Posted in Communication Skills, Servant Leadership

How to Offer Constructive Feedback

As a boss I can get too focused on getting the job done. I lose sight of my team and forget to give them constructive feedback. As a wife and mother I can get overwhelmed with the schedule and the myriads of details necessary to keep the household running. I misplace the need to invest in relationship. It seems that this tendency is quite common among leaders.

Numerous surveys reveal that employees are dissatisfied with the amount of feedback they receive from employers. It’s not just positive feedback they desire. They are also looking for constructive criticism, to know how to improve their performance. Another complaint among employees is that feedback about excellent performance does not include how they can repeat it.

So how do we give constructive feedback?

Address specific behavior. It is not helpful to say, “You’re doing a great job!” While the person may feel pleased, he has no idea what specific actions led to the praise. On the flip side, a statement like, “I’m very disappointed in you” is similarly ineffective. The recipient does not know what created the dissatisfaction.

“I really like (specific behavior) the way you handled that dissatisfied customer. You listened to her complaints and worked hard to fix her situation.”

Explain the impact of specific behavior.  This is key, because it attaches the action to a result or consequence.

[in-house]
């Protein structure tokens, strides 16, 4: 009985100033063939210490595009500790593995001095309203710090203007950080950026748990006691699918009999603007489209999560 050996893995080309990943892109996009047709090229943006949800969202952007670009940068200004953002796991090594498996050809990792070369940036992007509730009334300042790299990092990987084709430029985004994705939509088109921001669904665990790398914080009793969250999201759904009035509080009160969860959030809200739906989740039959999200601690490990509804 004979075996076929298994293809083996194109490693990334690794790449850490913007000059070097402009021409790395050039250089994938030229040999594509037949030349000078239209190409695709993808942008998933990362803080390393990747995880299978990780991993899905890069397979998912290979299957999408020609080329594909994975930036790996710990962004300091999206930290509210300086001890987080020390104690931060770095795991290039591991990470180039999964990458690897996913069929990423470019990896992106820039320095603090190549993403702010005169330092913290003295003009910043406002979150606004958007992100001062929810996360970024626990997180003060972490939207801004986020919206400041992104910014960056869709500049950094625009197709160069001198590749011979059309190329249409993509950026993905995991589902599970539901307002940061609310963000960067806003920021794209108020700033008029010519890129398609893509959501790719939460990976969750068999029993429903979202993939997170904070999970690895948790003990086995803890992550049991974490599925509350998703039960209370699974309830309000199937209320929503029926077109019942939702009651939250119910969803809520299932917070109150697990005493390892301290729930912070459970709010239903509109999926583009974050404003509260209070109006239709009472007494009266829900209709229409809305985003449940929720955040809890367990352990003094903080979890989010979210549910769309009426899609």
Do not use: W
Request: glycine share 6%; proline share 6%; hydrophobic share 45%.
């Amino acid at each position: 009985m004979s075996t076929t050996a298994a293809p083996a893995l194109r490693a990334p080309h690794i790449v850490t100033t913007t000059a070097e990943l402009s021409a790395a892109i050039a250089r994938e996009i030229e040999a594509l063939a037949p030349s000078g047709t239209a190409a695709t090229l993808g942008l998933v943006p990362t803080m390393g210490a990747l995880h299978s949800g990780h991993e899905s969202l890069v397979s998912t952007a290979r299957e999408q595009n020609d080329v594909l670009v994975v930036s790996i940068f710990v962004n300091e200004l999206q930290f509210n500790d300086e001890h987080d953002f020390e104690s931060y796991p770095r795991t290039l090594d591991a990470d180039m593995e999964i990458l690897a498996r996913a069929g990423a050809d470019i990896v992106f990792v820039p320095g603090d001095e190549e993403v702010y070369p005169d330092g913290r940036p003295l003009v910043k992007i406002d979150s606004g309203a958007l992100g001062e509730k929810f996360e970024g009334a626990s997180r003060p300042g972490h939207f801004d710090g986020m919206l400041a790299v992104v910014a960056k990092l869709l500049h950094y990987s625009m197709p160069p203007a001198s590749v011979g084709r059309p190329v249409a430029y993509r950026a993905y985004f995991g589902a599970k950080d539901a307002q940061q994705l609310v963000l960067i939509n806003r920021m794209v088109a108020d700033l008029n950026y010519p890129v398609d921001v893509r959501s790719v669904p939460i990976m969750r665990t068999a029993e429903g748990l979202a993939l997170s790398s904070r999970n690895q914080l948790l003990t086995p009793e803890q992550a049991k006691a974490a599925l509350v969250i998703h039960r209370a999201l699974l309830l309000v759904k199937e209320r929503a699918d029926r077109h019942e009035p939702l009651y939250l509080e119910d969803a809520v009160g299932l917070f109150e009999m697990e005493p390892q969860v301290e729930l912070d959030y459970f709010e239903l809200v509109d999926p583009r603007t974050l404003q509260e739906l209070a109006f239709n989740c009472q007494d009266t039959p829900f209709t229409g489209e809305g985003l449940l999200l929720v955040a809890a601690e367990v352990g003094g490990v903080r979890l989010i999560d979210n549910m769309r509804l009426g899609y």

“I really like the way you handled that dissatisfied customer. You listened to her complaints and worked hard to fix her situation. (The impact) That showed how much we value her.”

Admittedly, it is easier to give positive constructive feedback than negative constructive feedback. We may worry about hurting feelings or stirring up conflict. As a result, we try to figure out how to sugarcoat it or ignore it. However, servant leaders must be devoted to the growth and well-being of their followers even if it feels uncomfortable in the moment.

Offer an alternative response. In the case of correction, share alternatives for handling the situation. It’s frustrating to hear that there is a problem without being offered a solution.

Provide constructive feedback in real time. Address a specific behavior as soon as possible. In the case of negative constructive feedback, wait until your emotions are controlled. Pray for wisdom to speak the truth in a firm and loving manner at the proper time. But don’t wait too long.

As servant leaders, let us be led by God’s Word as we offer feedback to others.

“Do not let any unwholesome talk come out of your mouths, but only what is helpful for building others up according to their needs, that it may benefit those who listen” (Ephesians 4:29, NIV).

“Preach the word; be prepared in season and out of season; correct, rebuke and encourage—with great patience and careful instruction” (2 Timothy 4:2).